The album contained 8 tracks. The first was Satisfied, which I have to admit has a tinge of American / Mexican about it. Sounds said it "switches pace several times although the playing is always punchy and direct". The changes are held together by the fluid vocal line, and the guitar break at the end tears away from the rest of the song in high-octane fashion.
Bad Blood is a mix of soul and rock and roll that I think doesn't quite come off. Melody Maker thought that both Bad Blood and Can't Keep a Good Man Down had echoes of Bob Seger. Sounds thought Bad Blood "is one Stevie Wonder wouldn't sniff at, white soul that stems as much from the hips as from the head". However, they also highlighted a criticism that was echoed in some other papers. "But the gutsy swing is occasionally blunted by an emery cloth production that rounds off too many of the hard edges, a fault that crops up more seriously on some of the other songs". Sounds went further and said that it turns "It's Not Called Angel" into a West Coast ballad looking for AM airplay when Miles' voice would sound better in a sparser arrangement. Continuing this theme Sounds added "The same for Fella In The Cellar and We All Fall Down - Alan Parson's production tends to overlay an atmosphere instead of bringing out the quality of Miles' band". I think the writer was indicating that the kind of production afforded to his debut album was perhaps now not appropriate as JM now had a tight, competent band.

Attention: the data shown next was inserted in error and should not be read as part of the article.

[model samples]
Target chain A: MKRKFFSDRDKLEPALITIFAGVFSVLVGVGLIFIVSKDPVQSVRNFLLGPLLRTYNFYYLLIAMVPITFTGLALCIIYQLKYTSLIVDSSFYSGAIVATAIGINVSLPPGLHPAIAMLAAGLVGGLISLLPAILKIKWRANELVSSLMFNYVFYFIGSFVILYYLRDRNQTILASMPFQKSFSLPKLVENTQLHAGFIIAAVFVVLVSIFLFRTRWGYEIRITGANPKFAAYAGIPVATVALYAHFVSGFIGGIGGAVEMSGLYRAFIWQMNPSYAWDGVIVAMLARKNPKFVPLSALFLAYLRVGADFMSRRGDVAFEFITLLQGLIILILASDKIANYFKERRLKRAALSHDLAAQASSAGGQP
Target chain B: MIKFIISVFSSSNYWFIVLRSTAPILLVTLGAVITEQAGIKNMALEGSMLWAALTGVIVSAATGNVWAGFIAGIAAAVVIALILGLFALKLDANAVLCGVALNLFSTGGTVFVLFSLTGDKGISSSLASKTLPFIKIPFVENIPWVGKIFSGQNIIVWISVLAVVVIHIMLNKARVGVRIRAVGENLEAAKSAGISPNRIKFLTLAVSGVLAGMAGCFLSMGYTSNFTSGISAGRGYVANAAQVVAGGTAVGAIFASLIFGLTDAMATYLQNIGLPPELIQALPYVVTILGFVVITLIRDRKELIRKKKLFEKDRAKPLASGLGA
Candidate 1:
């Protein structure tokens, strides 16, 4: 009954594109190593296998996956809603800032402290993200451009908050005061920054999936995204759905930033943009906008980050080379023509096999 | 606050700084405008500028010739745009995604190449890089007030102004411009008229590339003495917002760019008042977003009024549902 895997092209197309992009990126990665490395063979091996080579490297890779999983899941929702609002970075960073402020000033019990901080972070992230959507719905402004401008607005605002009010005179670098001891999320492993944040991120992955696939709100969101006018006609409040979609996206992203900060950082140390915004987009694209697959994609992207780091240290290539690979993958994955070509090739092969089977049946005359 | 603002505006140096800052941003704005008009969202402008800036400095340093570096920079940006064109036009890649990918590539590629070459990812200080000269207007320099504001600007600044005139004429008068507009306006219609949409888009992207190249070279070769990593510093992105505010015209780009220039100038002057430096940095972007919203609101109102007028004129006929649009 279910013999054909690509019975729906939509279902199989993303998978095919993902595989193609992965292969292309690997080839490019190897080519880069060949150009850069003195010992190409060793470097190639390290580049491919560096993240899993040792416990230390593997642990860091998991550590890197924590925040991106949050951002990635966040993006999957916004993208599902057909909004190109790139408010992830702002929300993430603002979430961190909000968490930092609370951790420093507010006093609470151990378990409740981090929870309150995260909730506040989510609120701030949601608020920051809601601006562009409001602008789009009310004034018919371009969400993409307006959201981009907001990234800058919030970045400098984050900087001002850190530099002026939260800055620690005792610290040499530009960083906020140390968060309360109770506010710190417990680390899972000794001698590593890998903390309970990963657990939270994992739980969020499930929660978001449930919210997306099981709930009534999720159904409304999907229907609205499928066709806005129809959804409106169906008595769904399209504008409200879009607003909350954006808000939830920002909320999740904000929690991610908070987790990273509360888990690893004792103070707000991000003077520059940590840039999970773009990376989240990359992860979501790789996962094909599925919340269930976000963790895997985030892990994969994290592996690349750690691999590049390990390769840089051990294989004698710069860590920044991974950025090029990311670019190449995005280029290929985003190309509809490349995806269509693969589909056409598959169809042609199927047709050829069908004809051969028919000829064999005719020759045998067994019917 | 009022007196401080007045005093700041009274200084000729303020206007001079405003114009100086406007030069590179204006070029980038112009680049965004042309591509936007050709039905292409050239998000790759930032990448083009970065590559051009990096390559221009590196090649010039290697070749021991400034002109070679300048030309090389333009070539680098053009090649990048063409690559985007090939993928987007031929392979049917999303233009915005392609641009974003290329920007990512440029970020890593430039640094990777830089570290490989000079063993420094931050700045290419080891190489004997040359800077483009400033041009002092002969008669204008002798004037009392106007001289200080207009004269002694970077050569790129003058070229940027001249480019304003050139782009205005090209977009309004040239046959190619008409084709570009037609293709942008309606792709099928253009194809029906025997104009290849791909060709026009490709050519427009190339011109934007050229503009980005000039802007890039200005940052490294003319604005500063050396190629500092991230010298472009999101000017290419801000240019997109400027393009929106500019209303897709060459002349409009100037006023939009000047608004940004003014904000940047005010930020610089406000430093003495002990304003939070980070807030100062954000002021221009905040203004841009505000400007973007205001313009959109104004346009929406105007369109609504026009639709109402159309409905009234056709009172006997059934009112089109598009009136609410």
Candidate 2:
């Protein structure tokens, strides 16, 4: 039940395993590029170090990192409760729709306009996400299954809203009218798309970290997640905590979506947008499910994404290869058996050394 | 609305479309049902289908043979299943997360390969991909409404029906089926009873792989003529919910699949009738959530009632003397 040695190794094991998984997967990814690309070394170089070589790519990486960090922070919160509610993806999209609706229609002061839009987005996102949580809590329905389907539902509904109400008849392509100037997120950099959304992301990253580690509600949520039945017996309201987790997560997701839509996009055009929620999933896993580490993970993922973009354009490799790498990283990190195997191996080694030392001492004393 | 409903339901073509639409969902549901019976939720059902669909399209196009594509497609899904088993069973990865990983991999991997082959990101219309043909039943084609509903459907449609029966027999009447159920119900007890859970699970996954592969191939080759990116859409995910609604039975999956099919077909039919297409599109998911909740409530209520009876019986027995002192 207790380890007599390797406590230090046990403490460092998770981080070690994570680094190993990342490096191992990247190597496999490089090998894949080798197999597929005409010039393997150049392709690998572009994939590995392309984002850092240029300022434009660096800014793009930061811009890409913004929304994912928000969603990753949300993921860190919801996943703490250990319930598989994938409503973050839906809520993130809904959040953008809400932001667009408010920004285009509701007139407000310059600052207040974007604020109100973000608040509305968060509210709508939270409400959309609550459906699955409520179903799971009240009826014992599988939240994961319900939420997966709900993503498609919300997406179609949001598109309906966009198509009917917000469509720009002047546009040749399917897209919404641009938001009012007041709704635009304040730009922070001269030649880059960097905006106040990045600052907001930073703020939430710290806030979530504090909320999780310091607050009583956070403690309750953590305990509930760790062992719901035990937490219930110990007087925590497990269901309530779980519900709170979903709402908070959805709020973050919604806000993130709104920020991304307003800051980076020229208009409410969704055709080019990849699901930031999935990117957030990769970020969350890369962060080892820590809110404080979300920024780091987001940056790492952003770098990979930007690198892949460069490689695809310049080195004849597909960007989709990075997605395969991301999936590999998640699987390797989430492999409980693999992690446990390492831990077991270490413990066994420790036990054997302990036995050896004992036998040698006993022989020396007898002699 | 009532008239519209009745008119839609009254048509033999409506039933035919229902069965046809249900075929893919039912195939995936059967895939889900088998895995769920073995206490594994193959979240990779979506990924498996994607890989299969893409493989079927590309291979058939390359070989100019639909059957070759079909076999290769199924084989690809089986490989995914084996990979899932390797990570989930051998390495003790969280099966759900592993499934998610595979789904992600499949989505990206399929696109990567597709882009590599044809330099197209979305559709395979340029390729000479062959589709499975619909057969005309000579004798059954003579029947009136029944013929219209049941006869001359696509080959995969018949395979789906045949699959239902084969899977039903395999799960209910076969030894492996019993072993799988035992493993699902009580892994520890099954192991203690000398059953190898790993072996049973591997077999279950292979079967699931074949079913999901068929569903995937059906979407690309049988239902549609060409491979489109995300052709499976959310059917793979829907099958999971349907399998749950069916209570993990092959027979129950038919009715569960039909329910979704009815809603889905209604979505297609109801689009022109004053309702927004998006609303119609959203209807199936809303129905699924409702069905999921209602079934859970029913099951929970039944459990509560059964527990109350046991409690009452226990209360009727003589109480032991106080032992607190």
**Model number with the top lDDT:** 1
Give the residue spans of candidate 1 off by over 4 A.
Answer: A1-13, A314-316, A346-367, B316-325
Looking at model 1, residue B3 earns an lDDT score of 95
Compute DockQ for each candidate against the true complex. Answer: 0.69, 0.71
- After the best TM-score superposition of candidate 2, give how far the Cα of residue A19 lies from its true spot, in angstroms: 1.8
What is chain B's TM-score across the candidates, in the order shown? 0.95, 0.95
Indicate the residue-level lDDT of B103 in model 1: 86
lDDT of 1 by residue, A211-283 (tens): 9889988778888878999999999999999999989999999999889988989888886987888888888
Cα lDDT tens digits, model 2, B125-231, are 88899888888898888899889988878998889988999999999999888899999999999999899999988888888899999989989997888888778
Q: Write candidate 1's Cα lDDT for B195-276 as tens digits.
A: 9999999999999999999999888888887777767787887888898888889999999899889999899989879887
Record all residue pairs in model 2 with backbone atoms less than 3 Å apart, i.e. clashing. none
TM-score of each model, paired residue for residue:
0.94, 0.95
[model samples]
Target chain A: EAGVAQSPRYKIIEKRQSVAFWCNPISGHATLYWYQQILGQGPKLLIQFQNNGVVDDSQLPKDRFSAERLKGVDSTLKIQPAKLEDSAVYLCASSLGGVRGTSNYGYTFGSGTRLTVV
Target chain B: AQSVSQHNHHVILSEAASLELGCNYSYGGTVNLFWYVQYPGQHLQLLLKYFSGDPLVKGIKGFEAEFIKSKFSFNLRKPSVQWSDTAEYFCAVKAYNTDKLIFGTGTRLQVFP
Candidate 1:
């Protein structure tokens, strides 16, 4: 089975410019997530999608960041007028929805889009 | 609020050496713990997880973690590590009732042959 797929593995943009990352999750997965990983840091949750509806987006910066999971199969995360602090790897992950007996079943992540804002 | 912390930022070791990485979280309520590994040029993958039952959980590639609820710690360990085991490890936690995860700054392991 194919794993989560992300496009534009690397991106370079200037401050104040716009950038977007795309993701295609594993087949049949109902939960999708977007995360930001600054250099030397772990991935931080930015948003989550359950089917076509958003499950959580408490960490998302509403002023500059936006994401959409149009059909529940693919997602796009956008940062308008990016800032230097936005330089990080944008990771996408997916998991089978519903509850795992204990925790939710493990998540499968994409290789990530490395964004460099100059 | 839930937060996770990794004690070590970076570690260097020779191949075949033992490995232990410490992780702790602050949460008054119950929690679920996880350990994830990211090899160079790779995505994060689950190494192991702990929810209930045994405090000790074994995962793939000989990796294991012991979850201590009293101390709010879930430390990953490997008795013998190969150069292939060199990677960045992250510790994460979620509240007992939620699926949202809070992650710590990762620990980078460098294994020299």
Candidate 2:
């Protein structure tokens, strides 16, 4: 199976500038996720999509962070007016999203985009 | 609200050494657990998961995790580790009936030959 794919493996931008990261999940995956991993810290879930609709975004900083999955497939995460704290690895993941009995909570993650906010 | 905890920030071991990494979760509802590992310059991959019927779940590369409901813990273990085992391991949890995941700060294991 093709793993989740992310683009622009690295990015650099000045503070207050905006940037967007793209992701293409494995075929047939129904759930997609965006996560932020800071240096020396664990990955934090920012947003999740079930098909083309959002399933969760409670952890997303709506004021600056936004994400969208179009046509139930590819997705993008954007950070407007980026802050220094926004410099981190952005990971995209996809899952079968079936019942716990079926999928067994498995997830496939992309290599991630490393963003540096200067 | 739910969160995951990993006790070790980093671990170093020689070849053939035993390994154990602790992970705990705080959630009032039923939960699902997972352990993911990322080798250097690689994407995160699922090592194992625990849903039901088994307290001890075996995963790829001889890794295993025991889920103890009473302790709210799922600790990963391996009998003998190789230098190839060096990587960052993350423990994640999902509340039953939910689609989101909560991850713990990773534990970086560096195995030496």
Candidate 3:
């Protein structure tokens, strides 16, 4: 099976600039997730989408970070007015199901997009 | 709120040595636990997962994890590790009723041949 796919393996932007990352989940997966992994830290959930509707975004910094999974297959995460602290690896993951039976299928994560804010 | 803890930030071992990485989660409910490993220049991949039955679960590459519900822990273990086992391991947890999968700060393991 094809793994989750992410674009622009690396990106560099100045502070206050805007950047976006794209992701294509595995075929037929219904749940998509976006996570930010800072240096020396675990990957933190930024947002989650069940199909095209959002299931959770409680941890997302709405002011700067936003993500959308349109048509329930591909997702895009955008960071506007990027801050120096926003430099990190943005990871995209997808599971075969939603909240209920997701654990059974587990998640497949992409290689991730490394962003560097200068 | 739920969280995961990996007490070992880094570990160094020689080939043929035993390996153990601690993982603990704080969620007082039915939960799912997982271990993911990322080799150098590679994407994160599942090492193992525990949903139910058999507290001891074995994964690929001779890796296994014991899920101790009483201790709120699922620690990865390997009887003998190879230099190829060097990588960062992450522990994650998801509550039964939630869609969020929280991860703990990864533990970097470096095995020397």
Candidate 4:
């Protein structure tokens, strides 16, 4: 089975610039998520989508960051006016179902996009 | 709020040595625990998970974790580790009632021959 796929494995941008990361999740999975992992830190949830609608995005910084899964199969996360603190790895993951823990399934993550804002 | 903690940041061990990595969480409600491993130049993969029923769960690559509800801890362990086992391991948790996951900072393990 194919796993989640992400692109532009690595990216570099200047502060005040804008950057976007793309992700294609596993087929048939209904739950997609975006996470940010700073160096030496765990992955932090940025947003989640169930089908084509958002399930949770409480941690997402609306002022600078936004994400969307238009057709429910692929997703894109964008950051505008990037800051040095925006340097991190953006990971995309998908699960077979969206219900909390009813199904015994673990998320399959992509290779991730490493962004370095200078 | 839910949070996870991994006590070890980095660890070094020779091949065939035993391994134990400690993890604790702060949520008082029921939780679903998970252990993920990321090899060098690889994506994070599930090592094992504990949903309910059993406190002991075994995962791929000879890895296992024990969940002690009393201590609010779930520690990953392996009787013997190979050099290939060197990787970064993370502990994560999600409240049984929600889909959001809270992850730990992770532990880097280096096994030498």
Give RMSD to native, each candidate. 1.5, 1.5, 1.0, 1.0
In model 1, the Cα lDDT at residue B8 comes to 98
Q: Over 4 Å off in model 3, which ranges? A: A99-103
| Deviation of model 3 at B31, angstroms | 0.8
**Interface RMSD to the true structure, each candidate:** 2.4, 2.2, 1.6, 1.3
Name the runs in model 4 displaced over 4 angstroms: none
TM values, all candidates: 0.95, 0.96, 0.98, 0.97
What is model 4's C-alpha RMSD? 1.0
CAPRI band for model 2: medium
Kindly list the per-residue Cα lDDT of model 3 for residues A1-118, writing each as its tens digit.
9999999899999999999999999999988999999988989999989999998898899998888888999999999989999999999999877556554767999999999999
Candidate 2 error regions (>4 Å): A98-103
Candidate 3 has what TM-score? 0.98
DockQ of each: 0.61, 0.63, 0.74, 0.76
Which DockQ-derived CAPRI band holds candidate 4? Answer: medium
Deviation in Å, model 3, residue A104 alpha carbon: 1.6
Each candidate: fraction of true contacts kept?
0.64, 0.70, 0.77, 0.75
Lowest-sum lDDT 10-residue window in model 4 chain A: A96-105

Before there is a riot amongst Alan Parsons fans, Susan Hill of Melody Maker said "The harmonies and double tracking are excellent and, although some of the anthems have routine, dramatic changes, the arrangements are on the whole effectively complicated". Her reviews of "Fella In The Cellar" and "We all Fall Down" were also kinder. She wrote "Fella in the Cellar" is a thoughtful metropolitan ballad with a series of sharp tempo changes owing everything to Jim Webb (who?) with Beatleish lyrics. "We All Fall Down" has some wonderful flashy lead guitar, especially on the play out, a hurdy gurdy middle movement and is again, McCartney-esque nostalgia.
I remember these two tracks vividly in concert. "We All Fall Down" was the track that opened the show following on from the silhouette of the Concorde landing and all the lights and dry ice effects. Stunning!! I remember "Fella In The Cellar" as JM played this up on a platform with a silhouette of a window behind him.
The second single to be released in the UK was "Oh Dear", which Melody Maker described as "a charming little love song that the Brothers Gibb (Bee Gees) would be happy to claim". The B side was the rocky singalong "C'est La Vie". Melody Maker also liked this track, calling it "the most successfully raunchy track - exuberant, brassy and irresistibly repetitive".